72 dpi resolution or 300 dpi for digital solutions
Most people think they know what dpi means. Unfortunately, that isn’t actually always the case, because the majority is wrong. A picture or a digital image doesn’t actually have a dpi value. Read on for a full explanation.
Dpi or ppi – Which one is it?
Dpi stands for “dots per inch”. When an image is produced, dpi describes the dot density, which gives a value to the level of detail of the screened visuals. It technically describes printed dots per inch. Ppi, or “pixels per inch”, determine the size of an image in relation to the screen resolution of pixels.
A pixel contains color information. Overall this means that the dpi value tells you how many printed dots are in a pixel square. People often refer to dpi as resolution – that’s actually a mistake.
The resolution of an image is usually given in ppi, because it is about pixels, not about the dots that are needed for printing. Monitors don’t have dots, they have pixels, so when talking about screens and monitors, ppi is actually also the one to use.
What does “72 dpi resolution” or “300 dpi resolution” mean?
And because of that, dpi isn’t used in web design, either, because here only pixel matter. Many web designers still encounter the mysterious “72 dpi” or “300 dpi”, but it only means that these terms are used mistakenly when talking about digital images.
This is probably the case because of frequently used programs like Photoshop, give users the option of changing the resolution manually, even though this is only confusing meta-data, that should really be called ppi.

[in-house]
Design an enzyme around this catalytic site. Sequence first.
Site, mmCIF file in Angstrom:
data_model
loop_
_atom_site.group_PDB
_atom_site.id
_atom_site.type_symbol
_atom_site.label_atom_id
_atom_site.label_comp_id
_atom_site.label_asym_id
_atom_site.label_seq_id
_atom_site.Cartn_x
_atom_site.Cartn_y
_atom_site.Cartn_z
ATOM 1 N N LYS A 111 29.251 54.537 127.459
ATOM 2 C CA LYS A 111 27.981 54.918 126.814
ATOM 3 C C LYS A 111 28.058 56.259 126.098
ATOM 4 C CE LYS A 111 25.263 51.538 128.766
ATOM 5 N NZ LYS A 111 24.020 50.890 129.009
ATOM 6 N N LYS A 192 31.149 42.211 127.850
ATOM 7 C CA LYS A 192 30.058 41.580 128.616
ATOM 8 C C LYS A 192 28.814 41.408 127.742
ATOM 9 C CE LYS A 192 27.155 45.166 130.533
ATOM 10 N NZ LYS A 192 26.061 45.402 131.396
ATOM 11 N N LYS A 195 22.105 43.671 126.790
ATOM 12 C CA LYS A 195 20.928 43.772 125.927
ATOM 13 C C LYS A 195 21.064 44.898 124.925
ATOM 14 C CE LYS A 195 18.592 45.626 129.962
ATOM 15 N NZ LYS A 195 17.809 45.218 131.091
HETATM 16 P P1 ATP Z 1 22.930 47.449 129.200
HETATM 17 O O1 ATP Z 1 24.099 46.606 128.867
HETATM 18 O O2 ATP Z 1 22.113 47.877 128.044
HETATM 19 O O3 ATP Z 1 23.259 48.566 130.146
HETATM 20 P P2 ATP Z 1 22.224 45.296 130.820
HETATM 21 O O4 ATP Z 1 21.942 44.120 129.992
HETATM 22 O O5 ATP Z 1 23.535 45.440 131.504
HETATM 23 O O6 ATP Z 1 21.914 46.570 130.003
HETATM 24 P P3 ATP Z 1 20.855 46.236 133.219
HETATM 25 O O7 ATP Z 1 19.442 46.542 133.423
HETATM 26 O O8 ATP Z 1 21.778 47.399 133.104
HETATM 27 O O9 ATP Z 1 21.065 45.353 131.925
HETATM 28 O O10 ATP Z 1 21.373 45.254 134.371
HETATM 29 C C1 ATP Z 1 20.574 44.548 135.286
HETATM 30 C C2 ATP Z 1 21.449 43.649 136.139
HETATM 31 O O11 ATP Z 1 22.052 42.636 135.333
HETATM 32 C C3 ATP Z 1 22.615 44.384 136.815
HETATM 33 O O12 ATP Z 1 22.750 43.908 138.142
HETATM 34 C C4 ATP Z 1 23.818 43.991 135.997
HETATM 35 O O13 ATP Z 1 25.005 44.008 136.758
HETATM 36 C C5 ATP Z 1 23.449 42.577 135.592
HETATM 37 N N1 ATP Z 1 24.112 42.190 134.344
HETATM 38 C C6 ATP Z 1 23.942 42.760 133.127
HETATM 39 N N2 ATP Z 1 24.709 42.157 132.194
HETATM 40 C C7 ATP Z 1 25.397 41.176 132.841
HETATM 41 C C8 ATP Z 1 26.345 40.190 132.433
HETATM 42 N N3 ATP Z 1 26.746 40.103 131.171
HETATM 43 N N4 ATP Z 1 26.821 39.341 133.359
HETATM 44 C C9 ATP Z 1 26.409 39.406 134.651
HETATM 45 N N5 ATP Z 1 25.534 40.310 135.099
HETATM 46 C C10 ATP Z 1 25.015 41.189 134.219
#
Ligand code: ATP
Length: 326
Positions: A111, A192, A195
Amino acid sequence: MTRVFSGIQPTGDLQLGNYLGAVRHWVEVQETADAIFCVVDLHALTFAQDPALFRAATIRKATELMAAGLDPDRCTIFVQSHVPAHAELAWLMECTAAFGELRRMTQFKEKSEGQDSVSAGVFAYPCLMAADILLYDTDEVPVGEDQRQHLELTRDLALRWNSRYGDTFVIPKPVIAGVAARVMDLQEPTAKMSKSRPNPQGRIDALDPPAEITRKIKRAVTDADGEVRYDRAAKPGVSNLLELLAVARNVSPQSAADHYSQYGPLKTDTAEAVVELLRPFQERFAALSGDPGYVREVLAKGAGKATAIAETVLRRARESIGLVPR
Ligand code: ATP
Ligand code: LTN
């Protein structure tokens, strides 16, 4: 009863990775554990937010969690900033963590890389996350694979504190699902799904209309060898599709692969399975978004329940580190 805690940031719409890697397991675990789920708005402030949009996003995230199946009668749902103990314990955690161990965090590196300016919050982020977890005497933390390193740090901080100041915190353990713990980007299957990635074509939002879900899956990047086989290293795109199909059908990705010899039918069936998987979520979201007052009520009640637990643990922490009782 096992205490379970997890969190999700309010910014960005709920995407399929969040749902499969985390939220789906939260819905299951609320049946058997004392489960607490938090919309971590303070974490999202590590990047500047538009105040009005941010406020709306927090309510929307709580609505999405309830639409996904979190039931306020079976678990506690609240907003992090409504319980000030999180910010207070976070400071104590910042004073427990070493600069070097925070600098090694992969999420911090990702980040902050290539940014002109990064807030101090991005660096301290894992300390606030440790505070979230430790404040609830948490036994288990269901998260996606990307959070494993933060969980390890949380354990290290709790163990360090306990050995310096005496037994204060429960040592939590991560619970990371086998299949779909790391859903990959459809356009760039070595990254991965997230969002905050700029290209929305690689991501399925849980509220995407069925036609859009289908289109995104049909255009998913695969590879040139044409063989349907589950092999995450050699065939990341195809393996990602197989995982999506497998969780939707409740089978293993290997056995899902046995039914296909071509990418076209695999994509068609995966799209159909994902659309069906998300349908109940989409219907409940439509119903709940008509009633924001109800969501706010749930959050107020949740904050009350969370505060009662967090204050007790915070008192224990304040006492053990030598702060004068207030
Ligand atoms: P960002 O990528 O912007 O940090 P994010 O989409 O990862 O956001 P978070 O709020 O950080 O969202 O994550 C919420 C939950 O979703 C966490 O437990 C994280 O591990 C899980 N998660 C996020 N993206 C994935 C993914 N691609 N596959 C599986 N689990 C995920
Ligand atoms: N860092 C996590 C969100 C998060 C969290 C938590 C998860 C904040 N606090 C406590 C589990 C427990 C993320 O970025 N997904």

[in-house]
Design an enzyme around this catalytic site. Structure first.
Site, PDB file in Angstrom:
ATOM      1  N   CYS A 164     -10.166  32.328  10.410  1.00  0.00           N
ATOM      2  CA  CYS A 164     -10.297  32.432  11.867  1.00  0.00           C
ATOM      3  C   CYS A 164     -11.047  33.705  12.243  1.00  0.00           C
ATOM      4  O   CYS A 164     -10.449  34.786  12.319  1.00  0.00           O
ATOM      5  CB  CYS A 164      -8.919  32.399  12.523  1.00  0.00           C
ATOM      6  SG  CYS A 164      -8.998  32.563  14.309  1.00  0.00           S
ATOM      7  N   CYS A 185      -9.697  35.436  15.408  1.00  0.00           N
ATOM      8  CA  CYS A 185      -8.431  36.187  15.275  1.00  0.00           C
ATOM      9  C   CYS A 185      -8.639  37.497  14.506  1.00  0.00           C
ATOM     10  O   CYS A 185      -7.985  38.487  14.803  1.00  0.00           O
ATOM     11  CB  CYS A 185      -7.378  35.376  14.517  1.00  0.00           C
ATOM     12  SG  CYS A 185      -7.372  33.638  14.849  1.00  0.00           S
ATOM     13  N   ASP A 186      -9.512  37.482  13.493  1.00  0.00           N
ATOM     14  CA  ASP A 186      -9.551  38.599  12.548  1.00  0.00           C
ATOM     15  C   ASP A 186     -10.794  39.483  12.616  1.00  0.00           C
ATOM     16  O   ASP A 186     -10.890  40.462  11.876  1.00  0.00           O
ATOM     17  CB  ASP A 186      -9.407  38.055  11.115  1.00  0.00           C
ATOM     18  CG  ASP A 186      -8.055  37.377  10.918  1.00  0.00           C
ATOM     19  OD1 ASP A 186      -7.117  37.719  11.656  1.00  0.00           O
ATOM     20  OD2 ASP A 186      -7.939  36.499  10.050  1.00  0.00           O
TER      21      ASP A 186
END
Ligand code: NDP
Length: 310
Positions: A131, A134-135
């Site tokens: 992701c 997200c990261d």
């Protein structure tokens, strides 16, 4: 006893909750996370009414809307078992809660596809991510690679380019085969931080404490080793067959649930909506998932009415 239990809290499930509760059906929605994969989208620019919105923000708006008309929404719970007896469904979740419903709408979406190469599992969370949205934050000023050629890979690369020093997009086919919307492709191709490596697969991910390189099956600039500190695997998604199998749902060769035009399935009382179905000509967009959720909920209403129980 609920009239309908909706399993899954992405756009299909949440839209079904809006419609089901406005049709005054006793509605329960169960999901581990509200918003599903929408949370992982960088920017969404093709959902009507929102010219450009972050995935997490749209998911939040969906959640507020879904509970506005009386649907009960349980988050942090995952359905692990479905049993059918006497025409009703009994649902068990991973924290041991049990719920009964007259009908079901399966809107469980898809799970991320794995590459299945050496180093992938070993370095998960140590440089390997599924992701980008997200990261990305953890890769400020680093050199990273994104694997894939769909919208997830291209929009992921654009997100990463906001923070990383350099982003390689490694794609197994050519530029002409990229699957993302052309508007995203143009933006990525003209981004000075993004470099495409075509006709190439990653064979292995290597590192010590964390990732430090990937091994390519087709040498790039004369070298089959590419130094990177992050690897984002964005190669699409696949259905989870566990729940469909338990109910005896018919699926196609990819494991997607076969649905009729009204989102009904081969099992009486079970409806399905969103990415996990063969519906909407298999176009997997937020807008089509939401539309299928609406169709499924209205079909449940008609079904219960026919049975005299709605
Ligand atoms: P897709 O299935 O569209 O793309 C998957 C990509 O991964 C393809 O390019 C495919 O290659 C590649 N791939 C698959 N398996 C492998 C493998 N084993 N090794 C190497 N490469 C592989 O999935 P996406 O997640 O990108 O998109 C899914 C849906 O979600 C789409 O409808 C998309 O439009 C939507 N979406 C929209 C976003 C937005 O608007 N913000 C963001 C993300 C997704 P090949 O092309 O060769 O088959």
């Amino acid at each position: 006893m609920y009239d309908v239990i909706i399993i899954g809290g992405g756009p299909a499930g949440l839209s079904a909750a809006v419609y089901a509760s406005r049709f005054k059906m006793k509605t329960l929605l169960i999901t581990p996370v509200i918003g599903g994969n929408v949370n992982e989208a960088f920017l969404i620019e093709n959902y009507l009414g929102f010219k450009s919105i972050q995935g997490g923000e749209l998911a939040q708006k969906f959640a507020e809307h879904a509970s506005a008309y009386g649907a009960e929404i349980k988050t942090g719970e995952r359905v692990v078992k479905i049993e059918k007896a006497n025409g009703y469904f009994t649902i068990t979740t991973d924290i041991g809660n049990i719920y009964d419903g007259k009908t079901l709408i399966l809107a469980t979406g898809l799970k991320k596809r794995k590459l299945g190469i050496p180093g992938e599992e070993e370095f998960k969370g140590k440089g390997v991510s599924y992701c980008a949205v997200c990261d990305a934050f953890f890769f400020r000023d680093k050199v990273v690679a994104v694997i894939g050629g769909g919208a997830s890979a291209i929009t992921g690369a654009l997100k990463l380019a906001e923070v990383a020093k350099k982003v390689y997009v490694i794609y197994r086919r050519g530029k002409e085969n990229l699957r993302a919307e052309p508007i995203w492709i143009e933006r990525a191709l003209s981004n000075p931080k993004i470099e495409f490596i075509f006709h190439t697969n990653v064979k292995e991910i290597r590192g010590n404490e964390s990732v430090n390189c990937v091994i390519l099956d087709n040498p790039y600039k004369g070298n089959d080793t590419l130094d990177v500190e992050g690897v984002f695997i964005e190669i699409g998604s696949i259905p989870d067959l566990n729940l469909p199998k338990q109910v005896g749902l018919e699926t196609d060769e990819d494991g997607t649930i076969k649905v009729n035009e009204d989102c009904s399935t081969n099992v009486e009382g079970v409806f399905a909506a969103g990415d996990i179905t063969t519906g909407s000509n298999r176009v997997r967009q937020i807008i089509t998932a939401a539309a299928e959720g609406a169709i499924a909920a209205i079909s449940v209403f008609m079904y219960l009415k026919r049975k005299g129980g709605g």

In reality, this information is only useful to layout programs like InDesign, by telling it in what size an image should be loaded into the program in relation to the page you’re working on.
In the end, these programs are used to bring something to paper. If you save an image with a size of 100×100 pixels, once with a resolution of 72 dpi and once with 300 dpi, you will see that both images still are 100×100. The “resolution” has no effect on a digital image.
Graphic designers, on the other hand, do think about the dpi value, because they have to think about what the image will look like printed. So they’re always assuming the best resolution possible. For them, the value shows how many dots per inch will be printed onto a piece of paper to print the image. In this case, ppi is less important.
Conclusion: Images on a screen
The level of detail of an image when it is produced on a monitor is not only dependent on the number of pixels, but also on the size of the displayed image in inches. Dpi value and therefor specifications like “72 dpi resolution” or “300 dpi resolution” are irrelevant where specifications about length and width are not needed.
The pixel density, however, depends only on the monitor that is displaying an image. Once it’s clear how large the image is that’s supposed to be displayed, you can determine the resolution that is needed. You yourself actually don’t have any influence on how large a pixel is being displayed on any screen.
So without the size, you don’t have a real ppi value. And since it doesn’t have any influence on the quality of the image, you could change it however you like.